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Coroner rules cyclist Adrianna Skrzypiec's death on A102 in Greenwich was accidental
MORE accidents will happen on an “exceptionally dangerous” junction where a cyclist was killed by a lorry unless safety improvements are made, it has been claimed.
Adrianna Skrzypiec, 31, was travelling from work to a birthday party when she was killed on the Kent-bound A102 slip road at the junction with Woolwich Road in Greenwich.
A Southwark Coroner’s Court inquest into her death beneath the Woolwich flyover heard she was dragged under the wheels of a lorry for 142 metres but, incredibly, no witnesses saw the accident and there was no CCTV footage.
Motorist Kirsty Black told the inquest she heard a loud bang as she waited at traffic lights.
Ms Black, also a cyclist, said: “The lights there are exceptionally dangerous. The phasing of them is very badly managed and they’re badly positioned.”
She said that just three weeks ago, she and her young daughter were nearly knocked down by a car as they used the road’s pedestrian crossing.
Ms Black said: “I do think something needs to be done about it.”
She added: “Other accidents have already happened. There are going to be more.”
A supervisor for fashion website Net-a-Porter, Miss Skrzypiec was living with her boyfriend in Rotherhithe at the time of the May 2009 accident and told friends she was scared when cycling through the junction.
Accident investigator PC Andrew Smith said one possibility was that Miss Skryzypiec was on the left side of a lorry and could not be seen by the driver.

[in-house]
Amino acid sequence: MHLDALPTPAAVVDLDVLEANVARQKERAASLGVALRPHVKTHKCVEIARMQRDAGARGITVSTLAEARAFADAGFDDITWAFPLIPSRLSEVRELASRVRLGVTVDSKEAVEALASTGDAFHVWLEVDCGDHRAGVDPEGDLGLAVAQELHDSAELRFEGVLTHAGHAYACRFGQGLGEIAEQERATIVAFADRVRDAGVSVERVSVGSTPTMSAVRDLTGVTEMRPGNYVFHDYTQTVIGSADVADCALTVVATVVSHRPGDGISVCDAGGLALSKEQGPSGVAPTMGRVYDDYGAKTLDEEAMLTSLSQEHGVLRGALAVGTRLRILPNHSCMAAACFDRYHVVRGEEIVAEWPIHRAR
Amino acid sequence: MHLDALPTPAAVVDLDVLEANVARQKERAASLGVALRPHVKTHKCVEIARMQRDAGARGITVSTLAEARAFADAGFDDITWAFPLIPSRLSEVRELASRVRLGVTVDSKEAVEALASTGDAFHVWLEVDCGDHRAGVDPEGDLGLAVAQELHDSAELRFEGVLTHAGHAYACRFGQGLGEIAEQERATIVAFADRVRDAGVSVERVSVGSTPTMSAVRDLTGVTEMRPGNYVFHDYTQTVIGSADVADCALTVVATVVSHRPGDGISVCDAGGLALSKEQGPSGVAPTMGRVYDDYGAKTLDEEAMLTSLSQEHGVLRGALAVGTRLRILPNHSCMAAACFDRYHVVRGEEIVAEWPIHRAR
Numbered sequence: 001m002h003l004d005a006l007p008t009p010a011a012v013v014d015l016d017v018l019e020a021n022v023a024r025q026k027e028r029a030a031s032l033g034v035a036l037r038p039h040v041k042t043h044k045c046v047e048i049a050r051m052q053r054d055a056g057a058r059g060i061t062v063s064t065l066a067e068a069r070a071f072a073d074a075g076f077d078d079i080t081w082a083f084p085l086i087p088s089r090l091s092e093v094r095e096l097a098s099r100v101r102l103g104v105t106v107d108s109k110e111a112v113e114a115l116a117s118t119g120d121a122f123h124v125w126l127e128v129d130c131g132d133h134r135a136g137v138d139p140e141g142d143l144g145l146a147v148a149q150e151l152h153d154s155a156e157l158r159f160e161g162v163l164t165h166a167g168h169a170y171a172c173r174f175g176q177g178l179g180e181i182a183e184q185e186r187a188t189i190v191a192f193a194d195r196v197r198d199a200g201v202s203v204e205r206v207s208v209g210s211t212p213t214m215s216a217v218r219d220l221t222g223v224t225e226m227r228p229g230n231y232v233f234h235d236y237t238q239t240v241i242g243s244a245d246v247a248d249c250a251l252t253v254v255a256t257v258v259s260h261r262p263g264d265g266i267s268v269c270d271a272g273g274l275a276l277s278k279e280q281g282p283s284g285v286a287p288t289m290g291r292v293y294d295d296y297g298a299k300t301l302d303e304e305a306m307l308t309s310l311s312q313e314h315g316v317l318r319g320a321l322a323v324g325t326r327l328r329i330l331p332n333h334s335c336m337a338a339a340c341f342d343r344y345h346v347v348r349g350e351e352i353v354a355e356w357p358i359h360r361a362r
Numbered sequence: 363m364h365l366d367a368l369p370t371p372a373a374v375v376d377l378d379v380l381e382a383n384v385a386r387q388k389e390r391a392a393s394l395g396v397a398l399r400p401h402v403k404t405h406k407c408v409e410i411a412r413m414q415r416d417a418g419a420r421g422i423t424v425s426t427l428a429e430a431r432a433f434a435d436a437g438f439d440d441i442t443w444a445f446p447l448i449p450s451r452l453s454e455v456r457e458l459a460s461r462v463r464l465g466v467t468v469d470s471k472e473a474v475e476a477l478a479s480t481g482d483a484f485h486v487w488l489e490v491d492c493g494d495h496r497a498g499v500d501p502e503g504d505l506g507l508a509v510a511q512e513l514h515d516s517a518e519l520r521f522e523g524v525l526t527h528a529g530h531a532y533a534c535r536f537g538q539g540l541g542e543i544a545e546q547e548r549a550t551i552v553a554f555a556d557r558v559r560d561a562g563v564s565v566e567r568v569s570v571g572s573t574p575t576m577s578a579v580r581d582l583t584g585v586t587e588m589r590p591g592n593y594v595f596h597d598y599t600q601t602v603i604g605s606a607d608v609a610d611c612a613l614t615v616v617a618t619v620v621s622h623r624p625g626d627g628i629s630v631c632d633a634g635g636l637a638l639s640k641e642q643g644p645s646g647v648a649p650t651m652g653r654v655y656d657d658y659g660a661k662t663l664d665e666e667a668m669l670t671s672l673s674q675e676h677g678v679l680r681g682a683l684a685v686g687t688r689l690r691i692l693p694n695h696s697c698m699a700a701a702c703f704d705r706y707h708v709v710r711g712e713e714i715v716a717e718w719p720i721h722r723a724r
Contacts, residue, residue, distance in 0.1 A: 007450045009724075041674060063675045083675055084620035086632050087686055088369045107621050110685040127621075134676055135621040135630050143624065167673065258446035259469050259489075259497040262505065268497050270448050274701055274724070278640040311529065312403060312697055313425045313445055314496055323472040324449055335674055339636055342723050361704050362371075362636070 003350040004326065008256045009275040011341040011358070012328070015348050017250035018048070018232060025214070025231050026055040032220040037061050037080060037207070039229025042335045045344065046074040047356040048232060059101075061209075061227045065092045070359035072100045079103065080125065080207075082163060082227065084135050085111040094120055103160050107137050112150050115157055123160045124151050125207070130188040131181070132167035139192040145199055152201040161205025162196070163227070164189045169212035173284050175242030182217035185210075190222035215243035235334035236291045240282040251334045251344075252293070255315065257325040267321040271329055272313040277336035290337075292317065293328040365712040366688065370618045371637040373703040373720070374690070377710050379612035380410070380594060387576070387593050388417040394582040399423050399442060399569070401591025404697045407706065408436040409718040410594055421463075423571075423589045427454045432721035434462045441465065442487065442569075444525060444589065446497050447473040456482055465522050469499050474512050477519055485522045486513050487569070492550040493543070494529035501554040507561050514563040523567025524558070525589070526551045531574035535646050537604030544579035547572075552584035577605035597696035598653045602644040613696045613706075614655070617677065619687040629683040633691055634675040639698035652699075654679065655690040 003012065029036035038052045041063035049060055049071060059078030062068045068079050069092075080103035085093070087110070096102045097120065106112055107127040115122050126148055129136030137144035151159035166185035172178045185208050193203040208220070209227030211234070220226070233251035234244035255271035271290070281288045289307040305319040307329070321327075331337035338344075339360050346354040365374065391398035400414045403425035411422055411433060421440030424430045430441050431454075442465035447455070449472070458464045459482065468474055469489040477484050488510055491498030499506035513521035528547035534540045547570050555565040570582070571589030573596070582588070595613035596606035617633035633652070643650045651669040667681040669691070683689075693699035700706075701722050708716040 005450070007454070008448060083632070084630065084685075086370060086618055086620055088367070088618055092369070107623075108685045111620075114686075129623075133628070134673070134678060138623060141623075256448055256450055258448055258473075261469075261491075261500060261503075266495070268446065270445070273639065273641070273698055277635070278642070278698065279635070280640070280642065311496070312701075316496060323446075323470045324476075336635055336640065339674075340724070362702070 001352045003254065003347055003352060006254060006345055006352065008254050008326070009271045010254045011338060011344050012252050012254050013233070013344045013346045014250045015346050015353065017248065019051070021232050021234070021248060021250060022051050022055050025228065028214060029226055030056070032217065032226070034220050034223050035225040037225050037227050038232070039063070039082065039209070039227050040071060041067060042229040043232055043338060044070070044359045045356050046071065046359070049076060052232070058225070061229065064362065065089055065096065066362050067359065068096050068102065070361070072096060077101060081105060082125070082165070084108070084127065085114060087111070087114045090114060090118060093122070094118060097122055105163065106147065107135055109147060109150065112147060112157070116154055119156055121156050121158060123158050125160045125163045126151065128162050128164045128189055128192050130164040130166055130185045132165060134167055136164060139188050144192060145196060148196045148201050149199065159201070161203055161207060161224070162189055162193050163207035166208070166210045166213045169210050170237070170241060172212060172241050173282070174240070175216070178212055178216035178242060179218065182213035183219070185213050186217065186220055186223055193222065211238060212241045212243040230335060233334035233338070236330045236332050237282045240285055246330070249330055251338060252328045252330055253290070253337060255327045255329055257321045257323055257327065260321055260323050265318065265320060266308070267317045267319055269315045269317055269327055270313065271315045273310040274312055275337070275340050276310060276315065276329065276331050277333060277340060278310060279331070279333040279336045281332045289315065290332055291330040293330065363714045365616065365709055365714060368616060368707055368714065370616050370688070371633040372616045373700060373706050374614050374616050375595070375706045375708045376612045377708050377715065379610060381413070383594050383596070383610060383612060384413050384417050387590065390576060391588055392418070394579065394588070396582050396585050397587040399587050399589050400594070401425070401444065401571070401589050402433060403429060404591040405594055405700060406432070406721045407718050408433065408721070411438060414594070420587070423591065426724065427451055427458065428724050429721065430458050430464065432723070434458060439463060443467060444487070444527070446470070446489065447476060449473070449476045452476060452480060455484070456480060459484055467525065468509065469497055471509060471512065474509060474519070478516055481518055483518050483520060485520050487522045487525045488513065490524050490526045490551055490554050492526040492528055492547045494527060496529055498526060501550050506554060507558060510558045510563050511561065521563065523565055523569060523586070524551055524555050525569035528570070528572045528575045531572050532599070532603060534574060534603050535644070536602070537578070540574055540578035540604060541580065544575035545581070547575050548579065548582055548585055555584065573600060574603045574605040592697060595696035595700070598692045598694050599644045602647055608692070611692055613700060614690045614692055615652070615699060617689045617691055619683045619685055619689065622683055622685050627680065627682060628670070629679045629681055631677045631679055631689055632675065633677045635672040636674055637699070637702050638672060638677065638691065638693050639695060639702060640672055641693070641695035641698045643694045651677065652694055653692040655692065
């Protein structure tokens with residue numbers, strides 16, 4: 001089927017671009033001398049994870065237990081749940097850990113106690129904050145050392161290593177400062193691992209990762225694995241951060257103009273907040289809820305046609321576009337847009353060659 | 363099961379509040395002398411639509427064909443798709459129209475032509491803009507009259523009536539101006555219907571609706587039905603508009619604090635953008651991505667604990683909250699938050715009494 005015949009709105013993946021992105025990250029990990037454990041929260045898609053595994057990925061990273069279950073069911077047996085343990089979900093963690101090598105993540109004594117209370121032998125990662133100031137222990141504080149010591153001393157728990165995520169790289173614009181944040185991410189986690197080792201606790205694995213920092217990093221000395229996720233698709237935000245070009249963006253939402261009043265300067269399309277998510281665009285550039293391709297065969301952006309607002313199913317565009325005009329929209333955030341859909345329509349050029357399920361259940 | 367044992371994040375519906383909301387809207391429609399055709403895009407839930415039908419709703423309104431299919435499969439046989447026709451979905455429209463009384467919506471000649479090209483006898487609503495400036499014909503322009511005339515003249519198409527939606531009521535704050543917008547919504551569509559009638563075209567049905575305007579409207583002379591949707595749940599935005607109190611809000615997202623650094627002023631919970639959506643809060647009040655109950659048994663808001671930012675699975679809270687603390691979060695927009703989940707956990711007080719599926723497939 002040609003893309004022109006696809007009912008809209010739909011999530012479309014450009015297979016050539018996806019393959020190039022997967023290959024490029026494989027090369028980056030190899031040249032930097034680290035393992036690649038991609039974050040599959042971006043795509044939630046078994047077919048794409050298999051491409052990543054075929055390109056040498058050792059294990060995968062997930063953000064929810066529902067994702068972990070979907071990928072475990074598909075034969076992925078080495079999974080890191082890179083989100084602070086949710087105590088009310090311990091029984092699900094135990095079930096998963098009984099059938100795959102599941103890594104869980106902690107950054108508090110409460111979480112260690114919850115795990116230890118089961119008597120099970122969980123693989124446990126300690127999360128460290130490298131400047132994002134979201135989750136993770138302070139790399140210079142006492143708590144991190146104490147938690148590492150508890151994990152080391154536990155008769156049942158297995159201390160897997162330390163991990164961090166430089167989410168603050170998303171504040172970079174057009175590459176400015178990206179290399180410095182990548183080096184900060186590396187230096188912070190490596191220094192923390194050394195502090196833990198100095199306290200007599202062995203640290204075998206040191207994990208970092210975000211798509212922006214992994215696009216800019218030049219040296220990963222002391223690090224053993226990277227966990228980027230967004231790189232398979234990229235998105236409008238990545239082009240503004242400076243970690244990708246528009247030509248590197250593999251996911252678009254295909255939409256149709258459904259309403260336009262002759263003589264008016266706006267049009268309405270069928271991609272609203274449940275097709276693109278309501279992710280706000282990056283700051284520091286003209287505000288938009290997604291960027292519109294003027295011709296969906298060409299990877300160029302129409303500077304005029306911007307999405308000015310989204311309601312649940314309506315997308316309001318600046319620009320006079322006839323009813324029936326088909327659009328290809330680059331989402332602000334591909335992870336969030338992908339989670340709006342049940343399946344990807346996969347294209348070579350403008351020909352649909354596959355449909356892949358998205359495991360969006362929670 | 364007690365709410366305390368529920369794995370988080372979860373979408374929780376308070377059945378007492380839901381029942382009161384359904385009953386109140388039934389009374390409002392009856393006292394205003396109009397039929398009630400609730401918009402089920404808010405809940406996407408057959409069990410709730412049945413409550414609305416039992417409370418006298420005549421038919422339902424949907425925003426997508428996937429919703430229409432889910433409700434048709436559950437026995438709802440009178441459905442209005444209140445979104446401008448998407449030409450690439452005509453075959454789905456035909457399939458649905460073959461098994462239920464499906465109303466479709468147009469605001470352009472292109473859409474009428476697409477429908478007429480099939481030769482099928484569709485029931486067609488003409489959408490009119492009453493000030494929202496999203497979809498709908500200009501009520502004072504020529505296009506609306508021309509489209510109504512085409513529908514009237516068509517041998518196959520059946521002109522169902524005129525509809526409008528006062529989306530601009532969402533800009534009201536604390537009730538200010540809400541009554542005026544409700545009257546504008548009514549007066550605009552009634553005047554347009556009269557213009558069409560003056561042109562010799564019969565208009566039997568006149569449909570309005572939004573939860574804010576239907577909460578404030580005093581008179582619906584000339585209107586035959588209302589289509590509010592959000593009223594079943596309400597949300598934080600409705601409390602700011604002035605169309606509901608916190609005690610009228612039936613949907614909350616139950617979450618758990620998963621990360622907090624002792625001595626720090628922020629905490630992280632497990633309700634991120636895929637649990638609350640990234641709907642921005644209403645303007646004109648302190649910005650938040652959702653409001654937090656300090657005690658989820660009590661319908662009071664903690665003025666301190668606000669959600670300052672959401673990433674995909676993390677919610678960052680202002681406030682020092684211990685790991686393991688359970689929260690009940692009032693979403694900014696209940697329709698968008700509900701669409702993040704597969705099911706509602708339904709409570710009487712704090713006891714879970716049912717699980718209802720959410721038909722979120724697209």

John Lashbrook, a lorry driver from Sittingbourne, was initially charged with causing death by dangerous driving but the case was dismissed before it ever reached trial.
When asked by the coroner if he had a collision on that day Mr Lashbrook replied: “No. I don’t believe I did.”
The driver said he only found out about the accident six weeks later and had not noticed anything at the time of the incident.
Coroner Shanta Deonarine recorded a verdict of accidental death and the cause of death was given as multiple injuries.
After the accident, community group Greenwich Cyclists left a ‘ghost bike’ at the scene as a reminder that Miss Skrzypiec had died there.
Acting coordinator Anthony Austin, who regularly cycles through the junction, said the intersection’s advanced cycle stop and cycle lanes were largely ignored by motorists.
He said: “The safest thing to do as a cyclist is to stay behind the traffic and get in lane as if you were a car.”
Removing railings, painting clearer lines and better enforcing of cycling zones were all options to improve the situation, he said.
He added: “As regrettable and tragic as these accidents are I don’t want them to detract from the increase in cycling.”
A spokesman for Greenwich Council said: "Greenwich Council would again like to send heartfelt condolences to the family and friends of Ms Skrzypiec.
"The council recognsises the importance of having safe routes for cyclists across the borough - an important part of the council's policy to encourage cycling in Greenwich.
"The council has been working on plans to devise a new scheme for cyclists at this junction which are being finalised before being put to councillors"